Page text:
All these innovations have raised numerous challenges to regulation. Firstly, regulators attention tends to be linear while the growth in innovation is exponential creating pressures. Secondly the decentralized nature of blockchain coupled with its global reach created concerns around money laundering, terrorism financing and other criminal activities.

Others have argued the confirmation of transactions called mining consumes too much electricity and terrible for the world not mentioning that existing system also consume appreciable amount of electricity. There has to be a cost to permission less trust that there’s no double spending which the blockchain sensure.

Lastly, the value of these private coins depend on user acquisition and therefore volatile by nature and been portrayed as a major consumer protection concern.

Note that amidst all these issues associated with blockchain, digital and cryptocurrencies, we have new converts notable among them are governments issuing CBDC and corporations who are also rushing to issue stable coins. We congratulate Bank of Ghana for its eCedi initiatives.

There are additional responsibilities that the user of such systems must learn how to protect its secret keys in similar way mobile money users protect PIN numbers but as the transfers are non-reversible, a user can’t afford any mistakes and must take extreme precautions.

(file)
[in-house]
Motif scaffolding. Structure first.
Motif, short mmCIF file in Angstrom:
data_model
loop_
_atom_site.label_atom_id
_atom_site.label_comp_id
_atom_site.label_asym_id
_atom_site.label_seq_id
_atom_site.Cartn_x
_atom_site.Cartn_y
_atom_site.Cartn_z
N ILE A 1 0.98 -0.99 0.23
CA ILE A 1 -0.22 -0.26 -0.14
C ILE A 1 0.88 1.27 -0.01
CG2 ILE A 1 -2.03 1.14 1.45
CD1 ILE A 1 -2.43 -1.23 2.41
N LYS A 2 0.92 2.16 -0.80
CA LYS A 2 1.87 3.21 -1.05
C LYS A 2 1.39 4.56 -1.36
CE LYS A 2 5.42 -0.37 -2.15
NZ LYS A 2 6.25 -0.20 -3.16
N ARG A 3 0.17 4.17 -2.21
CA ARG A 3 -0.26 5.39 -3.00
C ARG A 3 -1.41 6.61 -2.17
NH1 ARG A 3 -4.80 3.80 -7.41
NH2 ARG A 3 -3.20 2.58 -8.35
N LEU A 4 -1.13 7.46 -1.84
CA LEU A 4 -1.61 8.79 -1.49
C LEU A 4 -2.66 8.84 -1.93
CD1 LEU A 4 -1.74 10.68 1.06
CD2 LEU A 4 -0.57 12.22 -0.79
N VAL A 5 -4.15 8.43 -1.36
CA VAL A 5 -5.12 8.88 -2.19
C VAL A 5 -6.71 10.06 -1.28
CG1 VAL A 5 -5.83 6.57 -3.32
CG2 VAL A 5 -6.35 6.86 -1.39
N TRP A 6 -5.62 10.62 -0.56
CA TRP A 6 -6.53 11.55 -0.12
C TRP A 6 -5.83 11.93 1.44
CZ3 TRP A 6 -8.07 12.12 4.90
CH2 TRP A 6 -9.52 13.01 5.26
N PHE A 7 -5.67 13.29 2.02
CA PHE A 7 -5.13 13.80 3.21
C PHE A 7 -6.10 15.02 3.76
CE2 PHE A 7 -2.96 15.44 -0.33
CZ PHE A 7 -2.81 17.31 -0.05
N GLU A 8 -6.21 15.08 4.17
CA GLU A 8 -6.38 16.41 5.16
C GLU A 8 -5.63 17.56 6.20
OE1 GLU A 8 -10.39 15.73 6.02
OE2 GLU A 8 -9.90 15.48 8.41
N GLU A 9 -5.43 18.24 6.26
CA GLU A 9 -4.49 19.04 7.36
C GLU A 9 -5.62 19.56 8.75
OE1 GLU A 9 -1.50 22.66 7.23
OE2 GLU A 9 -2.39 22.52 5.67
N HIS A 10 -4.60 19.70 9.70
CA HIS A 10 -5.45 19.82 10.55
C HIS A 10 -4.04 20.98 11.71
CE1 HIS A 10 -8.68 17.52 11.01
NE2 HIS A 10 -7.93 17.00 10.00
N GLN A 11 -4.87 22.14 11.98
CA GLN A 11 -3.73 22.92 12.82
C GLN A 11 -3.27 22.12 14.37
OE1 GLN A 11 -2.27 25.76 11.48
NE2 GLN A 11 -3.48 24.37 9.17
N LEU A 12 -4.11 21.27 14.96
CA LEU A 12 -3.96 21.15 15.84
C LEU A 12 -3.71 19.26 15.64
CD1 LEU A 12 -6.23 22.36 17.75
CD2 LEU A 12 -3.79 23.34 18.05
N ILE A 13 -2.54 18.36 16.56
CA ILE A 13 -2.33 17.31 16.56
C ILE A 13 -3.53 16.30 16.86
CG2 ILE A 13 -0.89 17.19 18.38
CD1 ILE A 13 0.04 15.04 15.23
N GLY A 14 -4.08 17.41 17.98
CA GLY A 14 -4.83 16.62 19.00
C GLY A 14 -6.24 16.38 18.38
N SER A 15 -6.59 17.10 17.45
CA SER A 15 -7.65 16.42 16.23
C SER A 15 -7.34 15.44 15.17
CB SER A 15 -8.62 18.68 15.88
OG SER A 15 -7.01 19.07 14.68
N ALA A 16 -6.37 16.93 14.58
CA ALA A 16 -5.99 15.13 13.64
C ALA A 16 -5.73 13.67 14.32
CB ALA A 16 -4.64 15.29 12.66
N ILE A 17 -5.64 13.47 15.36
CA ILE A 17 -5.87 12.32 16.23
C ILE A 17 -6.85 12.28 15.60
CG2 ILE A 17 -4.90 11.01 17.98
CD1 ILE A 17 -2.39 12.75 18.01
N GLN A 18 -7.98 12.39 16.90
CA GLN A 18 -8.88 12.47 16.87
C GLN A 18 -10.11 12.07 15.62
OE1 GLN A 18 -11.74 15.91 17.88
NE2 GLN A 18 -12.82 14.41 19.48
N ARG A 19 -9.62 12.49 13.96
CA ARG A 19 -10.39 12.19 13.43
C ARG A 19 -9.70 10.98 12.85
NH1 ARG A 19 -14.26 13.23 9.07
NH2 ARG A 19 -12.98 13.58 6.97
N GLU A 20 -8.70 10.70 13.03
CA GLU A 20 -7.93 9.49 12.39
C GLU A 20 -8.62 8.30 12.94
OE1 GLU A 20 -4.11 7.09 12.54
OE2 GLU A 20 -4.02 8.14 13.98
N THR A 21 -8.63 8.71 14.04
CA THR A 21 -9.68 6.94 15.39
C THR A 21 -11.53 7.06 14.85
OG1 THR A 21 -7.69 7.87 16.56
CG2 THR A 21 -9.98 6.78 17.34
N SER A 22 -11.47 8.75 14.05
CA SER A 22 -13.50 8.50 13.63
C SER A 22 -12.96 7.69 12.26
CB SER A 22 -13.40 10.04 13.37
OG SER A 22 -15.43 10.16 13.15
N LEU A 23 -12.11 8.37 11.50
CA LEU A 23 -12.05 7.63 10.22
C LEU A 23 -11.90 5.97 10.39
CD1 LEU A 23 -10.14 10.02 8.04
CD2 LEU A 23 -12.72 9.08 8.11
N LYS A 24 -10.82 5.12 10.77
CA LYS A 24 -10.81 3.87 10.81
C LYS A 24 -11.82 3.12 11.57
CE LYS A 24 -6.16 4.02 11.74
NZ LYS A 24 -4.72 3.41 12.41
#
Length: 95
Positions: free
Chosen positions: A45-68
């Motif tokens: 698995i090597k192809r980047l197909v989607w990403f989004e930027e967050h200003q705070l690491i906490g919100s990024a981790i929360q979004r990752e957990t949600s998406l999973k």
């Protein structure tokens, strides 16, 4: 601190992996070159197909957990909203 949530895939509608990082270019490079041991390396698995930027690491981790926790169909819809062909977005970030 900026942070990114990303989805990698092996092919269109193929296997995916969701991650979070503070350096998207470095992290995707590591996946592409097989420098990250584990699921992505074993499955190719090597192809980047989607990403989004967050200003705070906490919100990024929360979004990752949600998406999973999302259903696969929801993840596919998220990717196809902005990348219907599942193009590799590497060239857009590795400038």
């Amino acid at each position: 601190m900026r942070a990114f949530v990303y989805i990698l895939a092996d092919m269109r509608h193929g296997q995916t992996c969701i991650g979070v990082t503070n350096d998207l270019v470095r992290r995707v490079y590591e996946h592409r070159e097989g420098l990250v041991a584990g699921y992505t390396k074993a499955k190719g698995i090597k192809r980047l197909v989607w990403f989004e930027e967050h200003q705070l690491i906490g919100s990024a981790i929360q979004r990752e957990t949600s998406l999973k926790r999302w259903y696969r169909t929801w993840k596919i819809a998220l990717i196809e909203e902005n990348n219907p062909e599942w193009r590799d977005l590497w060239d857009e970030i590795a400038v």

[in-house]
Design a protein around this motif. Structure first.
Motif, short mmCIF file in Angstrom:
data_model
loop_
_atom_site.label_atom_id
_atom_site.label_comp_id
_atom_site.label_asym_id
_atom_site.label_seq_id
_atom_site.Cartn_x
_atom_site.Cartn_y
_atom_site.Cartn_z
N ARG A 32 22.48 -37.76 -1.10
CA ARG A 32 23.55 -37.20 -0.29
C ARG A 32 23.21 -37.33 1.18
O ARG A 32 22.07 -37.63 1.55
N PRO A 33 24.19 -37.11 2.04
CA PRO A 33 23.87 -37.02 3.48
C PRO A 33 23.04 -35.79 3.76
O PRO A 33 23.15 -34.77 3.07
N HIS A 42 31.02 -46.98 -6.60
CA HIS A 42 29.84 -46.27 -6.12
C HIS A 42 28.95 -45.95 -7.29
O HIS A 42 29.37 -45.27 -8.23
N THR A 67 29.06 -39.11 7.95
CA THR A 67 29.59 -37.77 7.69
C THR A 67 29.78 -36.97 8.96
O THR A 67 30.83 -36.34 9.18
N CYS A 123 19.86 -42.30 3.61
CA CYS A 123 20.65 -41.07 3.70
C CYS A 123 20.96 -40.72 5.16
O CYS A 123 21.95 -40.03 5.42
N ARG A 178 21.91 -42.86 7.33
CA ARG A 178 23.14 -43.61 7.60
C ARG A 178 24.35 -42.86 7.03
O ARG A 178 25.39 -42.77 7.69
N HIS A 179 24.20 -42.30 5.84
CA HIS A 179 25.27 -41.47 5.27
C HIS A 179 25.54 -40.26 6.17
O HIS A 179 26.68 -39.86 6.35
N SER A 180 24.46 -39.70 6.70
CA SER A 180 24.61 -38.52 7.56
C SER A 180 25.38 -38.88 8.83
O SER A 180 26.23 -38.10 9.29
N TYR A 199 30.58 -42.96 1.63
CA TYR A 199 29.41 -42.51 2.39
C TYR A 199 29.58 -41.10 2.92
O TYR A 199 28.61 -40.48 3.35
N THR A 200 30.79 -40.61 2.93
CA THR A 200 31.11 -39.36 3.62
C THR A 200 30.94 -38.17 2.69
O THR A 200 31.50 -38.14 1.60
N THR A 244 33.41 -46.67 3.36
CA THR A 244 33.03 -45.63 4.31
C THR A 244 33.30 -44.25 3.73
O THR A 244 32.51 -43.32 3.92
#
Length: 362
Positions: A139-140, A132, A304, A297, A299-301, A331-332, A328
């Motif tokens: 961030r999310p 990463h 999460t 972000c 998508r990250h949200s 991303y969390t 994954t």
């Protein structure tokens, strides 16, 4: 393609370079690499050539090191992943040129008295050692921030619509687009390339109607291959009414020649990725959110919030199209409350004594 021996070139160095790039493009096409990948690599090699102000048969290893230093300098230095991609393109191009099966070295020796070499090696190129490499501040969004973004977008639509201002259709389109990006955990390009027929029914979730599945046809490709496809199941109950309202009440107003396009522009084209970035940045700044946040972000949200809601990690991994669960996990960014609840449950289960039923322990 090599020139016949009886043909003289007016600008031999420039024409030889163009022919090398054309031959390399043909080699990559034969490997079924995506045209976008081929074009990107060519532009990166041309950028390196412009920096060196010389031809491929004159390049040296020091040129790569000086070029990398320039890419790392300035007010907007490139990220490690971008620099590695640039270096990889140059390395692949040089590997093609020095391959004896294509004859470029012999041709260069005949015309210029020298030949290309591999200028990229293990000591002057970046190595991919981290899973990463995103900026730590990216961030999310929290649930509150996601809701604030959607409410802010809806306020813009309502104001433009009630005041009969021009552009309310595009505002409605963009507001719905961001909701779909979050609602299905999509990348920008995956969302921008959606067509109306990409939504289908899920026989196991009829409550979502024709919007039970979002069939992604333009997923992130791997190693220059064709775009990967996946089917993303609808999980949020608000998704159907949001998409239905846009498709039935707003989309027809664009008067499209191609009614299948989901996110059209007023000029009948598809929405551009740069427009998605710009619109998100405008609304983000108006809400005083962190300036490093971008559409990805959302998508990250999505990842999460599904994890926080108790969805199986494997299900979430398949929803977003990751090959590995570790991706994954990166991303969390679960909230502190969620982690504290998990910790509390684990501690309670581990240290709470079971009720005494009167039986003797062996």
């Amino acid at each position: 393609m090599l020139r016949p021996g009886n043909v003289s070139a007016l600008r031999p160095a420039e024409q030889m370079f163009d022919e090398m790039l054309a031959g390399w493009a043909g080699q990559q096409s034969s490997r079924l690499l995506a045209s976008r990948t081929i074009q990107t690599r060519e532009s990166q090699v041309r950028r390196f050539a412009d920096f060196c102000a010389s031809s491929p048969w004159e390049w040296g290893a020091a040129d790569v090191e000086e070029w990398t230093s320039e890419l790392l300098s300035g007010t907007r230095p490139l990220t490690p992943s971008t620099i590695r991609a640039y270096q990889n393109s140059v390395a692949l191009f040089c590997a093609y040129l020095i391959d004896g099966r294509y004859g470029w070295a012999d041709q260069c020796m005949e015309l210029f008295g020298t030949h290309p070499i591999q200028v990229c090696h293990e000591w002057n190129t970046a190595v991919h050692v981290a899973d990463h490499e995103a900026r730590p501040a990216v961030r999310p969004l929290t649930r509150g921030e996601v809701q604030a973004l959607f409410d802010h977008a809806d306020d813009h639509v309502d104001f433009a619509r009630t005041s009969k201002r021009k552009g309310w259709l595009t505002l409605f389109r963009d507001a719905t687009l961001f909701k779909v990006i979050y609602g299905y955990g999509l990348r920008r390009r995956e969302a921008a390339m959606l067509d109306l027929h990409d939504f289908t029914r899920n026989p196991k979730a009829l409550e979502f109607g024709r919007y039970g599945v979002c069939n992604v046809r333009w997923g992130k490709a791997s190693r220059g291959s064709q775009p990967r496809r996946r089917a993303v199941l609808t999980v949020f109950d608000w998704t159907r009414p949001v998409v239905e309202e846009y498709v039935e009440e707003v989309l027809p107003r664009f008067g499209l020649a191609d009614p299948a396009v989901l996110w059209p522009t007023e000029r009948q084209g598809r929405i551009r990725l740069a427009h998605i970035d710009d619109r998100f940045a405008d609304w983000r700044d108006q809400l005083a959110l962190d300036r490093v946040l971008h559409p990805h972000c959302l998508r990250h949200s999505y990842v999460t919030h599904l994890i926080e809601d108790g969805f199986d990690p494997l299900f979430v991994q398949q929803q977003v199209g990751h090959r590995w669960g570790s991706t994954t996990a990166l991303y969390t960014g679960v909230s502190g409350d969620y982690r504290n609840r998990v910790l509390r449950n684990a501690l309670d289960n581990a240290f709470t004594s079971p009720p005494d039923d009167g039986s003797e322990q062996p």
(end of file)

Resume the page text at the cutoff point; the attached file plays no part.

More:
The potential of blockchain extends beyond finance and banking applications to applications that require immutability, supply chain management, rights and certificates, and many more. Securing government documents by blockchain have been cited as low hanging fruits to show blockchain use cases. Above all traceability and audit ability of blockchain have proven attractive to enthusiasts.

Governance initiatives are necessary for safe adoption of Blockchain. In Ghana,GDC has been asking to be regulated since 2015. In the early years the barrier was how to regulate an unknown technology. Along the way the industry was during underground following some unfavourable happenings in the finance sector. It was not till 2021 that GDC was approved to operate in the Bank of Ghana sandbox. While this is good for Ghana can do, it also shows that regulation takes time, and we can miss opportunities. The global industry is already consolidating, and global companies have built up wallets while local companies were restrained and law abiding.

A country has gone further and recognized Bitcoin as legal tender and volcano devasted Tonga is in recent news about how crypto currency helped in restoration…We as a country should move forward and adopt crypto currencies through innovation regulation. As with all technology waves, the early bird catches the worm. We are hopeful that Blockchain technologies do not suffer same fate as internet where we went from over 100 local ISPs in 90s to the handful of multinational companies providing internet services today.

The policy environment should support Ghanaian companies to venture into providing crypto currency services locally before market captured by international.